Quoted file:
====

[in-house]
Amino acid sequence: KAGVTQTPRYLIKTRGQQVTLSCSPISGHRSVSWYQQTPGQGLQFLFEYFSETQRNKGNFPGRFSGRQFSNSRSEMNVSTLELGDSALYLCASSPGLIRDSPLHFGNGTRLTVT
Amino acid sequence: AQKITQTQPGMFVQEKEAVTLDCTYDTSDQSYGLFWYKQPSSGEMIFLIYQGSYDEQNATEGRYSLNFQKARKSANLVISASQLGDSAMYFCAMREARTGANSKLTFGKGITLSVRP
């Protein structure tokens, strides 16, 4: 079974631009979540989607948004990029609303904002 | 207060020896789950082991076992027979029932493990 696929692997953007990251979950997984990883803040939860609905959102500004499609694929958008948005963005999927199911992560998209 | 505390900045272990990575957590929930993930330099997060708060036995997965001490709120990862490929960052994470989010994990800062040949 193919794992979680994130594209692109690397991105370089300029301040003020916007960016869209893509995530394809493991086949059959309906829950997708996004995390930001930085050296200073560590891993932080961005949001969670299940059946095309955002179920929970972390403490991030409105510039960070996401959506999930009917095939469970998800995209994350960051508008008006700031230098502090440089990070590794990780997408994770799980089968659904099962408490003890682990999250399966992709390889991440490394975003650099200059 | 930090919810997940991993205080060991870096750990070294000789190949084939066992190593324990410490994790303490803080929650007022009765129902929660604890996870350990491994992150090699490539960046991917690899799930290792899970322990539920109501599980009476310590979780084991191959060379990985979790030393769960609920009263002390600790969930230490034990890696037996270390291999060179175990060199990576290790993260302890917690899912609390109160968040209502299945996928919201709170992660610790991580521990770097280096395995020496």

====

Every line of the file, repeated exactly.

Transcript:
[in-house]
Amino acid sequence: KAGVTQTPRYLIKTRGQQVTLSCSPISGHRSVSWYQQTPGQGLQFLFEYFSETQRNKGNFPGRFSGRQFSNSRSEMNVSTLELGDSALYLCASSPGLIRDSPLHFGNGTRLTVT
Amino acid sequence: AQKITQTQPGMFVQEKEAVTLDCTYDTSDQSYGLFWYKQPSSGEMIFLIYQGSYDEQNATEGRYSLNFQKARKSANLVISASQLGDSAMYFCAMREARTGANSKLTFGKGITLSVRP
């Protein structure tokens, strides 16, 4: 079974631009979540989607948004990029609303904002 | 207060020896789950082991076992027979029932493990 696929692997953007990251979950997984990883803040939860609905959102500004499609694929958008948005963005999927199911992560998209 | 505390900045272990990575957590929930993930330099997060708060036995997965001490709120990862490929960052994470989010994990800062040949 193919794992979680994130594209692109690397991105370089300029301040003020916007960016869209893509995530394809493991086949059959309906829950997708996004995390930001930085050296200073560590891993932080961005949001969670299940059946095309955002179920929970972390403490991030409105510039960070996401959506999930009917095939469970998800995209994350960051508008008006700031230098502090440089990070590794990780997408994770799980089968659904099962408490003890682990999250399966992709390889991440490394975003650099200059 | 930090919810997940991993205080060991870096750990070294000789190949084939066992190593324990410490994790303490803080929650007022009765129902929660604890996870350990491994992150090699490539960046991917690899799930290792899970322990539920109501599980009476310590979780084991191959060379990985979790030393769960609920009263002390600790969930230490034990890696037996270390291999060179175990060199990576290790993260302890917690899912609390109160968040209502299945996928919201709170992660610790991580521990770097280096395995020496």